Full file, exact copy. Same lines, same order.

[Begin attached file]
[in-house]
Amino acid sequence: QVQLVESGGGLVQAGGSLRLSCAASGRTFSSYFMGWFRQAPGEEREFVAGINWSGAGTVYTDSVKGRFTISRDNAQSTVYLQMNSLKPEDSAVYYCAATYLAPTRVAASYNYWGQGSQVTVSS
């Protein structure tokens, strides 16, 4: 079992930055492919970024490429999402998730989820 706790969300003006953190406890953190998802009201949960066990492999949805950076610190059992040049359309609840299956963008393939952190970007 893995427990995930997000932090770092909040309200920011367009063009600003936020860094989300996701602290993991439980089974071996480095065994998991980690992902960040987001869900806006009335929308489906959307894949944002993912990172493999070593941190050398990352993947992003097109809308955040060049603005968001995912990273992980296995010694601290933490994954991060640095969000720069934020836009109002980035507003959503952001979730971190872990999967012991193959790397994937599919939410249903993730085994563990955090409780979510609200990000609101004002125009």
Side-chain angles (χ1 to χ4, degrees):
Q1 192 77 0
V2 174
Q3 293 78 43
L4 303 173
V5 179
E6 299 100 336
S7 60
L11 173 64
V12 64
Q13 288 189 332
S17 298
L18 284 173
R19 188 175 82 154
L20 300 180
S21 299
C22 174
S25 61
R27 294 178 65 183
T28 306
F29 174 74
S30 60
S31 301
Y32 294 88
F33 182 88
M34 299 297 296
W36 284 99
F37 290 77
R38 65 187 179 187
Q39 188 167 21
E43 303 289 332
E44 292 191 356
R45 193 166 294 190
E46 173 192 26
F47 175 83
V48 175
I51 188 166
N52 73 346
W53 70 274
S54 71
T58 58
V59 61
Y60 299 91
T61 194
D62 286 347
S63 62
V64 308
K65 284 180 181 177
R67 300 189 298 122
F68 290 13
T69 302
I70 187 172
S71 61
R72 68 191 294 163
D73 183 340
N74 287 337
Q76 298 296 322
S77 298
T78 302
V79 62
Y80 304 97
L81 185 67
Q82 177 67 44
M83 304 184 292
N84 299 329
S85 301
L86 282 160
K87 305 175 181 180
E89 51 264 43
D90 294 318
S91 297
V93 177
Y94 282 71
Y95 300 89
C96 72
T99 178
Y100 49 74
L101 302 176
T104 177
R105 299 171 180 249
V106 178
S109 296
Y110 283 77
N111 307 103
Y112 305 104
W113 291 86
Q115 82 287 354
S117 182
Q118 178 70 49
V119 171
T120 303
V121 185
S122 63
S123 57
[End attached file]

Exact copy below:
[in-house]
Amino acid sequence: QVQLVESGGGLVQAGGSLRLSCAASGRTFSSYFMGWFRQAPGEEREFVAGINWSGAGTVYTDSVKGRFTISRDNAQSTVYLQMNSLKPEDSAVYYCAATYLAPTRVAASYNYWGQGSQVTVSS
């Protein structure tokens, strides 16, 4: 079992930055492919970024490429999402998730989820 706790969300003006953190406890953190998802009201949960066990492999949805950076610190059992040049359309609840299956963008393939952190970007 893995427990995930997000932090770092909040309200920011367009063009600003936020860094989300996701602290993991439980089974071996480095065994998991980690992902960040987001869900806006009335929308489906959307894949944002993912990172493999070593941190050398990352993947992003097109809308955040060049603005968001995912990273992980296995010694601290933490994954991060640095969000720069934020836009109002980035507003959503952001979730971190872990999967012991193959790397994937599919939410249903993730085994563990955090409780979510609200990000609101004002125009």
Side-chain angles (χ1 to χ4, degrees):
Q1 192 77 0
V2 174
Q3 293 78 43
L4 303 173
V5 179
E6 299 100 336
S7 60
L11 173 64
V12 64
Q13 288 189 332
S17 298
L18 284 173
R19 188 175 82 154
L20 300 180
S21 299
C22 174
S25 61
R27 294 178 65 183
T28 306
F29 174 74
S30 60
S31 301
Y32 294 88
F33 182 88
M34 299 297 296
W36 284 99
F37 290 77
R38 65 187 179 187
Q39 188 167 21
E43 303 289 332
E44 292 191 356
R45 193 166 294 190
E46 173 192 26
F47 175 83
V48 175
I51 188 166
N52 73 346
W53 70 274
S54 71
T58 58
V59 61
Y60 299 91
T61 194
D62 286 347
S63 62
V64 308
K65 284 180 181 177
R67 300 189 298 122
F68 290 13
T69 302
I70 187 172
S71 61
R72 68 191 294 163
D73 183 340
N74 287 337
Q76 298 296 322
S77 298
T78 302
V79 62
Y80 304 97
L81 185 67
Q82 177 67 44
M83 304 184 292
N84 299 329
S85 301
L86 282 160
K87 305 175 181 180
E89 51 264 43
D90 294 318
S91 297
V93 177
Y94 282 71
Y95 300 89
C96 72
T99 178
Y100 49 74
L101 302 176
T104 177
R105 299 171 180 249
V106 178
S109 296
Y110 283 77
N111 307 103
Y112 305 104
W113 291 86
Q115 82 287 354
S117 182
Q118 178 70 49
V119 171
T120 303
V121 185
S122 63
S123 57